Representatives with Garden and Associates met with Creston City Council during last week’s council meeting to discuss options for the city’s plan to improve streets throughout Creston.
After researching and evaluating Creston’s streets, Austin Smith of Garden and Associates presented the council with a list of 12 streets in Creston, along with estimated costs to repair those streets.
“You’ve kind of got a blank canvas here of what you can do,” said Jack Pope, co-owner of Garden and Associates. “The one thing I’d like to suggest ... is realizing that doing $2 million or $3 million or $5 million, that’s not the end of it. You need to continue on to keep those streets going. I don’t think any of the ones we’ve marked on there you’d be spending your money unwisely.”
Before the council can move forward and select which streets to make improvements to, it must first decide how much money it is willing to borrow for the project.
City Administrator Mike Taylor had previously said he felt comfortable borrowing up to $5 million for the project.
“We were talking somewhere between $1 and $5 million. With our debt service right now, we could probably go to $6 million, but you’ve got $4 million, at least, allocated toward the water plant over the next few years, and you want to leave a little bit of cushion,” Taylor said at last week’s meeting.
Several council members showed an inclination at last week’s meeting to borrow $5 million for the project.
Based on a 20-year term for borrowing $5 million, the impact levy would range from between $1.36 and $1.53 based on the given point in time per $1,000 of property valuation. But, the term has not yet been decided, either.
“Just for the benefit of the council, I’d lean toward the $5 million,” said Rich Madison, ward 2 councilman. “That’s a lot of money, but we need to do something. For instance, West Howard, it was done in 1953. At some point we have to begin replacing streets unless we’re going to go back to gravel.”
“That’s where I’m at, too,” said Gabe Carroll, ward 3 councilman. “Interest rates are only going to go up. They can’t go any lower.”
No action was taken during last week’s meeting, but the council did request Smith come back with a plan that would allow the city to maximize the impact of a $5 million borrow.
Taylor also added that once the Adams Street project is complete, he will know better what other funds will be available to help toward the street improvement projects.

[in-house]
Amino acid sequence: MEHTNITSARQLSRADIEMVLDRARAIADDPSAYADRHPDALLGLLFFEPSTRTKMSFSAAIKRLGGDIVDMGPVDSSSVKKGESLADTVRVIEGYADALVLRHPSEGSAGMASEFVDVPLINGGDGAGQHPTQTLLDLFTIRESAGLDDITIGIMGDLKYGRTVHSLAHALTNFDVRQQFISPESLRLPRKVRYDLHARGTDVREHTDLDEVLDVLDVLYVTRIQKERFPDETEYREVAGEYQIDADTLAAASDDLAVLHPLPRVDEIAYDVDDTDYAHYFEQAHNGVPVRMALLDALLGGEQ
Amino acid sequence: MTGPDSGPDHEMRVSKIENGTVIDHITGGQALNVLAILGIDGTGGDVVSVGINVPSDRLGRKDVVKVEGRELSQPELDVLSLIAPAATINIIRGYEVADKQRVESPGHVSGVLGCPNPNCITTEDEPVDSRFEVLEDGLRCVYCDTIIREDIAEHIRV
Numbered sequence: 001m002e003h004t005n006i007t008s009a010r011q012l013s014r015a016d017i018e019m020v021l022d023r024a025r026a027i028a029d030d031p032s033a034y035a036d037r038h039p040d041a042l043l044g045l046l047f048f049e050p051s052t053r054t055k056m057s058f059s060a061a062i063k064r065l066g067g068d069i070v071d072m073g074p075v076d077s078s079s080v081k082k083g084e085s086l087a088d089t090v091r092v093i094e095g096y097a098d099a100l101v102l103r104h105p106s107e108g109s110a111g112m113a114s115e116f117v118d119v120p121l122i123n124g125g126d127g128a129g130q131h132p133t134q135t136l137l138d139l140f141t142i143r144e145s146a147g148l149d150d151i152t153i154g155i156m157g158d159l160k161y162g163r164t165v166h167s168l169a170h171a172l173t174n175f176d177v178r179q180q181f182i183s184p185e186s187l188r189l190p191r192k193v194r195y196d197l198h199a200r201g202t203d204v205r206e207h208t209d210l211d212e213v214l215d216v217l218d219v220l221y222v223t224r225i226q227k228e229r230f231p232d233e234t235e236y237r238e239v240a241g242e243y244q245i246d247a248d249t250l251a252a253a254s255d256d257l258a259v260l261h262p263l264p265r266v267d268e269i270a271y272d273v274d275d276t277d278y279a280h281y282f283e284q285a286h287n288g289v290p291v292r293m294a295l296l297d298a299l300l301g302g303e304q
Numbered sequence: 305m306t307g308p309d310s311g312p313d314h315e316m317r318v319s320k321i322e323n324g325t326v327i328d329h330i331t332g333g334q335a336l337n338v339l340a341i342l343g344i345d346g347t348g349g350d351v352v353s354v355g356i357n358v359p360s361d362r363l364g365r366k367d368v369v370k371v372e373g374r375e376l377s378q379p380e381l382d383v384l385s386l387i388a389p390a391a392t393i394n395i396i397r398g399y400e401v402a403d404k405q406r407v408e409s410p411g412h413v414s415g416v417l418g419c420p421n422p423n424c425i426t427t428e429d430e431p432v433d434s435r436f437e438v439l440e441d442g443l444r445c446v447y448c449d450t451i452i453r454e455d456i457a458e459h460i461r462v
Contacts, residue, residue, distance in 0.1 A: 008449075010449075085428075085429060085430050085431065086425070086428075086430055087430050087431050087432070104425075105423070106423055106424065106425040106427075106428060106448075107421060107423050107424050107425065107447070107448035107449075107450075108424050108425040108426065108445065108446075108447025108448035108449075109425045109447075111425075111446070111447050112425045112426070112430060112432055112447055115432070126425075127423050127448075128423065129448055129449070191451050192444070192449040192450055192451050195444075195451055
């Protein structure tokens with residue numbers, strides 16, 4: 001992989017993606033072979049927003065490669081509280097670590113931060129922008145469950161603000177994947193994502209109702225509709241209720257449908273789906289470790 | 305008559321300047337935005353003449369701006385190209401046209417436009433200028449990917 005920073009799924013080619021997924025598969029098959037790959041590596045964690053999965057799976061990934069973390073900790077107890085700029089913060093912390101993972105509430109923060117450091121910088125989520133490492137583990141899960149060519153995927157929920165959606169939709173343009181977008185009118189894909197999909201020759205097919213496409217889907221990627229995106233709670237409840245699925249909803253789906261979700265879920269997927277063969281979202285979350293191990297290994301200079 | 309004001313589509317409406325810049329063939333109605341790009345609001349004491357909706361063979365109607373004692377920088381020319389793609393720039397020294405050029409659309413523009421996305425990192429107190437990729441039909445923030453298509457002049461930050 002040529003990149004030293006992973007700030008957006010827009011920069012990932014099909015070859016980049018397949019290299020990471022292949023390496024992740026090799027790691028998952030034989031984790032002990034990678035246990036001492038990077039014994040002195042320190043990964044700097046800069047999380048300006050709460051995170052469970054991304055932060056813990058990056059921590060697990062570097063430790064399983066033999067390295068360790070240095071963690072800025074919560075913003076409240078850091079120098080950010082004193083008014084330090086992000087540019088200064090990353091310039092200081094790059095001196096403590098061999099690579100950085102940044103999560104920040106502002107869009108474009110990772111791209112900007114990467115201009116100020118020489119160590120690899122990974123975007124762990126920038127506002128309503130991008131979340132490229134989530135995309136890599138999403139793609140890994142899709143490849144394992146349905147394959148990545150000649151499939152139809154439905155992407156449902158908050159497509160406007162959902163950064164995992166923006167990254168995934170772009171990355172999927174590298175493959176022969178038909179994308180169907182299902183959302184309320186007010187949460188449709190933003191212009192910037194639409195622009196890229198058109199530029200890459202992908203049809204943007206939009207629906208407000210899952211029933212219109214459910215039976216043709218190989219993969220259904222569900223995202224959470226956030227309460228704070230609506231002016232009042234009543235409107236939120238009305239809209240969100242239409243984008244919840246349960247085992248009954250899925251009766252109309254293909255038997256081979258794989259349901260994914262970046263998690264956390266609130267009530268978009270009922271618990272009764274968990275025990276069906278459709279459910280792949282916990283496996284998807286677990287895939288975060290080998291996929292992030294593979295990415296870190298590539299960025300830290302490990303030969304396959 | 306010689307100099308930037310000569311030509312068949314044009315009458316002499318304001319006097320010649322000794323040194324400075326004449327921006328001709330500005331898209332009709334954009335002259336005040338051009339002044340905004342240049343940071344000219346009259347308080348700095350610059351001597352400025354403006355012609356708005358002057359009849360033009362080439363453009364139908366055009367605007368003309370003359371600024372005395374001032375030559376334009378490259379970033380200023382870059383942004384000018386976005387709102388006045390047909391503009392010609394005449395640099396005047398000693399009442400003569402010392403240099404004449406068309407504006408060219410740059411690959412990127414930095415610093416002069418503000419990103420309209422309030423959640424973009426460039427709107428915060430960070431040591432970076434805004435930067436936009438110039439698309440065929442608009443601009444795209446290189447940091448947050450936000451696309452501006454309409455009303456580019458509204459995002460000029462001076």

“We talked about the possibility of using some different funds to try to keep that down,” Taylor said. “I think there’s a good chance we could use two to three other funding mechanisms. I’d like to keep that down just like everybody else.”
The condition of the streets in Creston vary. Some of the streets evaluated by Smith simply need to be overlayed, while others will require total reconstruction. Still, others may be a combination of overlay and total reconstruction in other parts.
Smith recommended stretches of both East Howard and West Howard streets.
East Howard Street provides an entry into the north central part of town from Highway 34, as many cars will turn north onto Osage Street from Highway 34 and then turn west onto East Howard Street.
West Howard Street becomes more complicated since it is misaligned between Jarvis and Division streets.
“We share an office with Mid-State Surveying and they had some fieldwork they had done in ‘93 or ‘96 where they were going to realign Howard Street straight through Jarvis Street and Division,” Smith said. “I think, at the time, the city had actually purchased lots to more or less restructure that street.”
South Cherry Street would be an overlay project, while South Park street would be a combination of overlay and total reconstruction on two blocks where the curb and gutters were beyond being salvaged.
“From what we’ve looked at, we’ve looked at these cost estimates since 2014-15,” Pope said. “The East and West Howard sections have shown up on both of those. I think those are both good options to start with, as well as South Chestnut and South Cherry.”
North Elm Street, from West Townline Street to Adams Street, is also on the list, but is an estimated $2.46 million project.
Pope noted if the council wanted to make improvements to North Elm Street, it could be done in different phases.
“I know there’s some businesses in there,” said Steve Wintermute, at-large councilman. “I was affected when they did the highway and it hurts.”
Other issues surrounding North Elm Street include the number of residential driveways entering onto the street, as well as traffic around the Early Childhood Center.
The council will be revisiting the street improvements at upcoming meetings.
“Just so you realize, when you go through these street projects, there are pains,” Pope said. “You put people in uncomfortable positions and construction doesn’t go just as smooth as they want. But in the end, everyone’s happy.”